a blog from CenturyLink

Use a password manager for secure account access

by | Jan 13, 2023


Did you know that people who don’t use a password manager are three times more likely to experience identity theft than those who properly use one? According to security.org, one in every five internet users in the U.S. trusts a password manager to keep their information safe and secure. Are you one of them? You might be wondering: how do password managers work? Do they actually keep my data secure? If so, this blog is for you. Keep reading to learn how password managers protect you and your personal information from identity theft and cybercrime.

What exactly is a password manager?

How do password managers work?

We all know how difficult it is to remember a hundred different usernames and passwords. Fifty-three percent of people admit they reuse the same password for multiple accounts. However, this is dangerous, as it makes your accounts easy targets for hackers. That’s where password managers come into play.

Password managers encrypt and securely store passwords for every account you need to log in to. Some even generate secure passwords to save you the trouble of thinking of a good one every 90 days. To use a password manager, you’ll only have to remember one master password. When you go to log into your accounts, the password manager auto-fills your login information so you don’t have to remember complex passwords.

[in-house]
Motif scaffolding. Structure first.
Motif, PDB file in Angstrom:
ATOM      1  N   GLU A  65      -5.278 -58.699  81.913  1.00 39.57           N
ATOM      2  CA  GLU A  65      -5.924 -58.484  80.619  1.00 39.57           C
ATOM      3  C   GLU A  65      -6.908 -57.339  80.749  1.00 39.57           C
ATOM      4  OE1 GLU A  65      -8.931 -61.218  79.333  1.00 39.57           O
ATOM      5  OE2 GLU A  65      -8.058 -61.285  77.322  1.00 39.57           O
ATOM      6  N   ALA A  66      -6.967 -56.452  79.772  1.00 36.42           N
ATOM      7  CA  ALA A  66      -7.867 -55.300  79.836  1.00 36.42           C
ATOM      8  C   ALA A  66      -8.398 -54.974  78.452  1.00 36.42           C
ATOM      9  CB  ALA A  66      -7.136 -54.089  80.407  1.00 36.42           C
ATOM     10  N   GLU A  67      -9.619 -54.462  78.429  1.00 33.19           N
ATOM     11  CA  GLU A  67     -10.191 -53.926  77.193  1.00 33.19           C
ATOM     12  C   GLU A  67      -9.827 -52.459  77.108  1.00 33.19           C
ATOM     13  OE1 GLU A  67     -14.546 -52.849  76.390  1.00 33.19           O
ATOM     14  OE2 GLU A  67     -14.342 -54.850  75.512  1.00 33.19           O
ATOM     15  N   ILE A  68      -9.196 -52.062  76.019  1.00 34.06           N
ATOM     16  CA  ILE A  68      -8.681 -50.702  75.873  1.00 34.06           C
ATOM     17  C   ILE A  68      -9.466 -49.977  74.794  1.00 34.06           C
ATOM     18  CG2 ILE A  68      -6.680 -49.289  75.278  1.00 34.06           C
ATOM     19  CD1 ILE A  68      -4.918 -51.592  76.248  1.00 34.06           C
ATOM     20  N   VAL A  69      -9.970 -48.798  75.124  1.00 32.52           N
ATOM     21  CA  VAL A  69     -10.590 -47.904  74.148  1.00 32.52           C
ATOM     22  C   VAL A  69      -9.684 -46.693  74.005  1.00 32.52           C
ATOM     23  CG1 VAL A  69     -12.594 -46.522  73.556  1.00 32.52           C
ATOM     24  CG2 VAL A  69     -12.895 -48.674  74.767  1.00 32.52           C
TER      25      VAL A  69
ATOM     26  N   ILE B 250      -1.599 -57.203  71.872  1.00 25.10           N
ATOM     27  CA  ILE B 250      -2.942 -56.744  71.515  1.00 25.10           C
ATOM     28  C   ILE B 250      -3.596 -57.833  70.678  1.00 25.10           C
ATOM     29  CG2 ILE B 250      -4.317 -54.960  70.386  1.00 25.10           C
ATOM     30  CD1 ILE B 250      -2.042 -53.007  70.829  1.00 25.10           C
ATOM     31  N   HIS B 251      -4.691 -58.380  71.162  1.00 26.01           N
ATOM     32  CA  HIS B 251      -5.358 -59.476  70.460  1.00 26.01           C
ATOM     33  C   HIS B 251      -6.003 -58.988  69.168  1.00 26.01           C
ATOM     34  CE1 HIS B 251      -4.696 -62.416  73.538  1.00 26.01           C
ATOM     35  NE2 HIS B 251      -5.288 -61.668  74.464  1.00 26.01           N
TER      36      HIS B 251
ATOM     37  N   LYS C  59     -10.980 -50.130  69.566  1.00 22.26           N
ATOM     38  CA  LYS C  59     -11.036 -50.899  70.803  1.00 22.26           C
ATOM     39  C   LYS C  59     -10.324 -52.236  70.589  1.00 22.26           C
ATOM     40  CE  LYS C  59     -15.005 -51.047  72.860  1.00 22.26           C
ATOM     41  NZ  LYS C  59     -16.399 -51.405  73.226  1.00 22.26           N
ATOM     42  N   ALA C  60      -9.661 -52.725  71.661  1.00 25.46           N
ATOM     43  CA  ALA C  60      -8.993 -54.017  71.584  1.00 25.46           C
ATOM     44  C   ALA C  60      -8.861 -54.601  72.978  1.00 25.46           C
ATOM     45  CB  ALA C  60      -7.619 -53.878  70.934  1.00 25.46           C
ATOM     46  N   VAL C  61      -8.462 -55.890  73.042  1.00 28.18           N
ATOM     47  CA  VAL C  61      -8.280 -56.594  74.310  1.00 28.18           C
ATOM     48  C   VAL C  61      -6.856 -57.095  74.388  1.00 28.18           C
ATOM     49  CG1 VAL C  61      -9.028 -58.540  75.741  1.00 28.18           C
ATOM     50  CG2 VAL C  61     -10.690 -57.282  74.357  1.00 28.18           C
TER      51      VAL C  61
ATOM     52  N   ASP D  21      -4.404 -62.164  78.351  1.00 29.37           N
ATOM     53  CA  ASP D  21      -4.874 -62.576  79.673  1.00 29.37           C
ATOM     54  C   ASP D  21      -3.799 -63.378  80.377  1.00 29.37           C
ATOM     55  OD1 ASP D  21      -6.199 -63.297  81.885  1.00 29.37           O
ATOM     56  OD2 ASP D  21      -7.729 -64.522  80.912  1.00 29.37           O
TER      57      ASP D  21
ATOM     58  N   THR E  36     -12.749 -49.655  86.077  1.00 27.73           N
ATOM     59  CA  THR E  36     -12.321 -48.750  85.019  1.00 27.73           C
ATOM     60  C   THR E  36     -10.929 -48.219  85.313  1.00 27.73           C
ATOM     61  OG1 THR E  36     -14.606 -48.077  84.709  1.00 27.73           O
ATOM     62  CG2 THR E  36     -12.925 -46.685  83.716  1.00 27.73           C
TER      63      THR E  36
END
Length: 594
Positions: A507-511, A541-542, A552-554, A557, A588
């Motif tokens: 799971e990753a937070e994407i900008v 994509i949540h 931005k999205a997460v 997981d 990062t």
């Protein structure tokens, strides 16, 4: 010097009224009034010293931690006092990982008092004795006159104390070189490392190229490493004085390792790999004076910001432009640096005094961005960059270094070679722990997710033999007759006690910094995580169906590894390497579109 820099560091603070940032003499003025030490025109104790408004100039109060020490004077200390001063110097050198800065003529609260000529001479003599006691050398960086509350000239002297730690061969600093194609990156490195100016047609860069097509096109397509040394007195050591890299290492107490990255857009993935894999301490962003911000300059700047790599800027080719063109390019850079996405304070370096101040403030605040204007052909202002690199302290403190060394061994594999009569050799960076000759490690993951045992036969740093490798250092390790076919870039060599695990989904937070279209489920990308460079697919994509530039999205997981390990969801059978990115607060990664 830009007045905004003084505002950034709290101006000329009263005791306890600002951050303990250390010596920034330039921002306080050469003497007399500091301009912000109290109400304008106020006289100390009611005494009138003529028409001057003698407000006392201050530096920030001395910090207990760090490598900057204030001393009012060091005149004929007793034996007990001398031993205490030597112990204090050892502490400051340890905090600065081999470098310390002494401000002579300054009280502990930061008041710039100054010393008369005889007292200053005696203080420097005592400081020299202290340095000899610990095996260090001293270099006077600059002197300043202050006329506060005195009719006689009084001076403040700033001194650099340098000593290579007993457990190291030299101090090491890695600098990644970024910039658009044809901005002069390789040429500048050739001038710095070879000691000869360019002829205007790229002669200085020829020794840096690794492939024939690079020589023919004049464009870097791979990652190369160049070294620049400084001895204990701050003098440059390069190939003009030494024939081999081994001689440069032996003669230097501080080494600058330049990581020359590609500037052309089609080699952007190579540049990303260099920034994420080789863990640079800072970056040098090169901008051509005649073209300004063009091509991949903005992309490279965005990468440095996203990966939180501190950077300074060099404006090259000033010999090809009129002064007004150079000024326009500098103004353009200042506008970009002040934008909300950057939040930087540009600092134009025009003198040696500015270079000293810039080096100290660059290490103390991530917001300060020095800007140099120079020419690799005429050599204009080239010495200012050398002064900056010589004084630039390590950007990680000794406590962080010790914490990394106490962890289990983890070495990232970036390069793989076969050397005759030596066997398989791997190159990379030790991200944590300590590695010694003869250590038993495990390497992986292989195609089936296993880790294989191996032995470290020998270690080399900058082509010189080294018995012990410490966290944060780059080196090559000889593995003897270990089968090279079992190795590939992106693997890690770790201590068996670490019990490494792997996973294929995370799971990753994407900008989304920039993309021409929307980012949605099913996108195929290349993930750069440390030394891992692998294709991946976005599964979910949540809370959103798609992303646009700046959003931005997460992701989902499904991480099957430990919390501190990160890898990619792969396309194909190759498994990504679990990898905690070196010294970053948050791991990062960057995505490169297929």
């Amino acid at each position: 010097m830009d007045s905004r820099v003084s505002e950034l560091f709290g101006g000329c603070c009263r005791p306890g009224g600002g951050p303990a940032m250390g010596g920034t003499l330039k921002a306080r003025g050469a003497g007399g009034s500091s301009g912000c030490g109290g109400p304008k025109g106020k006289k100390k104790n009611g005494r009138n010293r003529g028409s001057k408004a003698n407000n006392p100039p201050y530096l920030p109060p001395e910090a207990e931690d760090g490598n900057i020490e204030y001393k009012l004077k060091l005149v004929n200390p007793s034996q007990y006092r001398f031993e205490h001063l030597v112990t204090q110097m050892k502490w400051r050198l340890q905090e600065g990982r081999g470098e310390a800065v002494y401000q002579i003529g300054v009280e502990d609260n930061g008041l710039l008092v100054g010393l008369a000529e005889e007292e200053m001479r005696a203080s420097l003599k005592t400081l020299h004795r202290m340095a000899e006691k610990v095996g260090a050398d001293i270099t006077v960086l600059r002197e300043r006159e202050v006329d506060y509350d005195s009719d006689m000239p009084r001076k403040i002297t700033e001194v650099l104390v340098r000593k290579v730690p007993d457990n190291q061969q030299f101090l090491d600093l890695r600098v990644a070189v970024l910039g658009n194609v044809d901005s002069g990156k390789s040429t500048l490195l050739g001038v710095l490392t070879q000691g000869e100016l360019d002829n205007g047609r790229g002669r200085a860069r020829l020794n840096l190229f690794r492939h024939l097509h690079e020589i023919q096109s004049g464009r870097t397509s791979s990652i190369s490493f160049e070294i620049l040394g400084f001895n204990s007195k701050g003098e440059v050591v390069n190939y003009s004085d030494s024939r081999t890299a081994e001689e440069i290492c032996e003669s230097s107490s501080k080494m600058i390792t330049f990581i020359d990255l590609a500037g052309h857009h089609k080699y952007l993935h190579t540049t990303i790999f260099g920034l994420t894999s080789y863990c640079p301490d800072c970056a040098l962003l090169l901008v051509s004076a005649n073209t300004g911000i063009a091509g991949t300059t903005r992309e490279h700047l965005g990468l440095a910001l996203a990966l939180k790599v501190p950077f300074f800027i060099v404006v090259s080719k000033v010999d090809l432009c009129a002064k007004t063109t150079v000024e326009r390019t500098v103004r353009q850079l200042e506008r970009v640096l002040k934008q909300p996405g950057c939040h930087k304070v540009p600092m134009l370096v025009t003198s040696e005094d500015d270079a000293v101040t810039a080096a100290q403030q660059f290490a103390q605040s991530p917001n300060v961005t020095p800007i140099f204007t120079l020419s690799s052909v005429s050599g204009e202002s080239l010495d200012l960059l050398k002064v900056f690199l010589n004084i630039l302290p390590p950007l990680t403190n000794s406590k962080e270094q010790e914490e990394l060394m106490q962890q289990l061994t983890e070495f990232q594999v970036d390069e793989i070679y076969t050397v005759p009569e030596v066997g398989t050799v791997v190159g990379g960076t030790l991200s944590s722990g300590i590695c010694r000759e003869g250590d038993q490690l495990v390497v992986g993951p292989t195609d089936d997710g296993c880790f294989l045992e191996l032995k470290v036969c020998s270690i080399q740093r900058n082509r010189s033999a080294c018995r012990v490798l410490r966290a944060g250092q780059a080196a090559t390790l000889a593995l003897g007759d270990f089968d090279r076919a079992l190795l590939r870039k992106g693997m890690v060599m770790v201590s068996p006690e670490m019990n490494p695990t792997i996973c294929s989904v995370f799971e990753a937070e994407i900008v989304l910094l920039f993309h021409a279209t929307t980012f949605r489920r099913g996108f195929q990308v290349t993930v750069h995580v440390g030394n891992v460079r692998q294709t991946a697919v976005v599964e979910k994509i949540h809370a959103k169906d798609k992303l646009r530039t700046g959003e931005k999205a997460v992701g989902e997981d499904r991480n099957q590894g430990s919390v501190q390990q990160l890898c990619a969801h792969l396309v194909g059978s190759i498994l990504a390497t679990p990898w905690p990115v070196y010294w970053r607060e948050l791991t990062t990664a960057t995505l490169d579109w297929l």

Password managers also allow you to:

  • Keep track of a wide variety of different passwords across different accounts.
  • Access your login credentials through biometric data such as fingerprint readers or facial recognition. In some cases, they might require a master password instead.
  • Autofill your login information on all your favorite websites.
  • Generate and manage highly secure passwords that are extremely difficult to crack.
  • Encrypt your data for an added layer of security.

Password managers offer peace of mind and a sense of freedom while you browse the internet and use your favorite apps.

Why you should use a password manager

Man using a desktop computer

A strong password alone isn’t enough to protect yourself against hackers and scams. According to Microsoft 365, password managers can lower your chances of falling victim to a phishing attempt. You can help prevent ransomware attacks with a password manager that uses encryption and two-factor authentication.

One step you can take right away to boost security on your smart devices is setting up a password manager. By choosing complex passwords and storing them in your password manager, it will be much harder for cybercriminals to tap into your devices.

Password managers with family accounts offer some exciting features. Aside from helping you keep track of all your passwords, they let you share access to streaming services, photo-sharing sites, and countless other applications. And you can do all this without letting your family members even see your actual password!

How do password managers work?

Now that you understand why you should be using a password manager, let’s talk about how they work. There are three different types of password managers: offline, online, and external.

Offline password managers